As we move into the new year, we asked Leviton data center network experts Gary Bernstein and Dave Mullen to explain what lies ahead for data center networks.
Gary Bernstein, RCDD
Even in a year as tumultuous as 2020, investment in higher-speed Ethernet switches remained strong, largely driven by demand from hyperscale data centers and cloud providers. According to market intelligence analyst IDC, in the second quarter of 2020, port shipments for 100 GbE switches rose 51% year over year. The most popular 100 GbE transceiver options have been 100G-CWDM4, a single-mode two-fiber solution with a two-kilometer reach, and 100G-SR4, a 100-meter multimode solution.
At the same time, 100 Gb/s transceiver costs continue to decrease due to competition among manufacturers. The September 2020 High Speed Ethernet Optics Report from analyst LightCounting found pricing of 100G-SR4 transceivers dropped below $1/Gbps in 2019, and 100 GbE PSM4 reached the same price milestone in 2020, with DR1, FR1, and CWDM4 not far behind. The 100 Gb/s options will continue to see strong adoption in the short term but are expected to peak in the next several years as they make way for 400 Gb/s switches.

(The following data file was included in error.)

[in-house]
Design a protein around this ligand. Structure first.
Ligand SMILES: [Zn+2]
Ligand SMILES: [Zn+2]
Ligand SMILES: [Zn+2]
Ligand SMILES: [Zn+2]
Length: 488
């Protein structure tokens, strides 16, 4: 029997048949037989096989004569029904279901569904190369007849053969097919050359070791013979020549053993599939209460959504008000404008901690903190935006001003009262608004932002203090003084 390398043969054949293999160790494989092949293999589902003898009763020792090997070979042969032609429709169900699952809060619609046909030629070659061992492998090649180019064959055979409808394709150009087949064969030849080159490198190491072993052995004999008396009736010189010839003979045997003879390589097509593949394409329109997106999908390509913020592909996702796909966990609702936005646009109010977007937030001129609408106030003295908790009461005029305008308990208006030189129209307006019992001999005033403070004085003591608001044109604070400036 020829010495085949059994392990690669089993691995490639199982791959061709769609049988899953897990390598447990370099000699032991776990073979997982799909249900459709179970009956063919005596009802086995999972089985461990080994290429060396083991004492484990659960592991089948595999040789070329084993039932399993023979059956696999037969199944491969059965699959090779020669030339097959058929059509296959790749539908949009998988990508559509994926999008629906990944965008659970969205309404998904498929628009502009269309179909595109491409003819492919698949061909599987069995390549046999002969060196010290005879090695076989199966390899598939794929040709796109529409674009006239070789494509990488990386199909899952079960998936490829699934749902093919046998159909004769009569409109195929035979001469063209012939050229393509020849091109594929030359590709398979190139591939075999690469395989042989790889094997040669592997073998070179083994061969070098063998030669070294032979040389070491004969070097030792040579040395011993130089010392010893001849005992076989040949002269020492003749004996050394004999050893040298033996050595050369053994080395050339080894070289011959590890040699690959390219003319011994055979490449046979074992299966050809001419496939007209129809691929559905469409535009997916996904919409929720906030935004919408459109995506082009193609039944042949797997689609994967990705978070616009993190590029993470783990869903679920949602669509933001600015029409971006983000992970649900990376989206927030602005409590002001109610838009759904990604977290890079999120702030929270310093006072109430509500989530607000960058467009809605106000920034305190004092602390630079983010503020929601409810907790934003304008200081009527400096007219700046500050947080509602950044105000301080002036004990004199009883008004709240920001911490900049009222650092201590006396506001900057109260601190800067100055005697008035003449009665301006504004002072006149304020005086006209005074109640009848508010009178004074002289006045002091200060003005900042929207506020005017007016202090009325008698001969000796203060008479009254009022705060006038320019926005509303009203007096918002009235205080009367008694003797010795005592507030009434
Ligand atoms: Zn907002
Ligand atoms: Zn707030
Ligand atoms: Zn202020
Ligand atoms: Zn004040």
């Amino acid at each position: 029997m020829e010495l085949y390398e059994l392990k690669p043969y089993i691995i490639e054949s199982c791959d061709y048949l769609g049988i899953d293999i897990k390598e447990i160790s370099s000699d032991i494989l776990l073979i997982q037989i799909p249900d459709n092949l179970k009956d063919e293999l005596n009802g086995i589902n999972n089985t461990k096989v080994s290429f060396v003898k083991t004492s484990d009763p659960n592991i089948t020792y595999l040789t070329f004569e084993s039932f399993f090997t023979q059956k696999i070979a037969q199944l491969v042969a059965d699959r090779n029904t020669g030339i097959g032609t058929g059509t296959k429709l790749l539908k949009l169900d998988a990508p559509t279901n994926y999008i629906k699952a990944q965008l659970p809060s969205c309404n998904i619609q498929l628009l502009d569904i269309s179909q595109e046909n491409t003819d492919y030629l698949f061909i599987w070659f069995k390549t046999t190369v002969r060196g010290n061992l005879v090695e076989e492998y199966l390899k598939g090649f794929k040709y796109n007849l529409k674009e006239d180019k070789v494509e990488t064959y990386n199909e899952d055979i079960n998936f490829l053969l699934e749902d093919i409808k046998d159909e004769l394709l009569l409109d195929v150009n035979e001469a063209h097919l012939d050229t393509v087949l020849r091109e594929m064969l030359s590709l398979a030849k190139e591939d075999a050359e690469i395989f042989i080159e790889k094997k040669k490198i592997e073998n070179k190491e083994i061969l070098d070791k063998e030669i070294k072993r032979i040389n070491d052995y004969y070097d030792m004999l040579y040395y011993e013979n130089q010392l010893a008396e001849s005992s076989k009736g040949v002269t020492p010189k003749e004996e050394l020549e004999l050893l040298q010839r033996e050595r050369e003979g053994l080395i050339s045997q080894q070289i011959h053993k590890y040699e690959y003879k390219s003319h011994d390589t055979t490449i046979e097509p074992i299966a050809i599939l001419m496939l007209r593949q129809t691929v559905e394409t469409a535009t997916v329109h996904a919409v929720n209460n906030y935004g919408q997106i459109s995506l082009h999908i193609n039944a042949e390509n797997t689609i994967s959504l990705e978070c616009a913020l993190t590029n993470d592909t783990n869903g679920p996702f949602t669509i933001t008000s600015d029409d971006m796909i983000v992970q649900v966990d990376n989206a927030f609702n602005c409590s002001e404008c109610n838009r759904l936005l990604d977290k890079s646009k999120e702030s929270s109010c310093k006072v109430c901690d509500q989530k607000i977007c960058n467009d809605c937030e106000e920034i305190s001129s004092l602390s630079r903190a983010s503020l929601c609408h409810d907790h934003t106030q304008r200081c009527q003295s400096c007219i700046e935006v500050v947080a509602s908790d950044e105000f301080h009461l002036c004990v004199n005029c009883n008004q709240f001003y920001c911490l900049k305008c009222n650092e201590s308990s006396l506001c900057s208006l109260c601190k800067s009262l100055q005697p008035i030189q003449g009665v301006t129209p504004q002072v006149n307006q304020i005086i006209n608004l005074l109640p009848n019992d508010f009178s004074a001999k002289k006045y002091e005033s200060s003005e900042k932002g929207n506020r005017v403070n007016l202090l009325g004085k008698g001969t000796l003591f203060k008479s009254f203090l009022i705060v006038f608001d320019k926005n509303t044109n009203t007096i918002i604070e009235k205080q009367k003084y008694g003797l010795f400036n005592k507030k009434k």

The $1/Gbps figure is now also used as a benchmark for 400/800 GbE modules, which will contribute the most to market growth in 2021-2025. While new 400 Gb/s switches come at a significant cost, they will also likely drop in price as early adopters in the cloud service provider and telecom industries purchase more 400 Gb/s switches over the next several years.
The growth of 5G – and IoT applications over 5G – means that data center networks need to reduce latency and support growing bandwidth requirements. Processing and analyzing data in closer proximity to the client will become a key endeavor for cloud providers. This is where edge computing comes in, with more high-density "near edge" data centers close to users – i.e. smaller traditional data centers – as well as mass deployments of micro data centers at base cell towers or customer locations at the far edge.
Even with the rise of edge data centers, more strain well be placed on core computing back in large consolidated and cloud data centers that edge data centers integrate with. These centralized data centers are still where roughly 90% of data is processed today.
Over the next five years, we will see more migration to 400 Gb/s and even 800 Gb/s in these core data centers.
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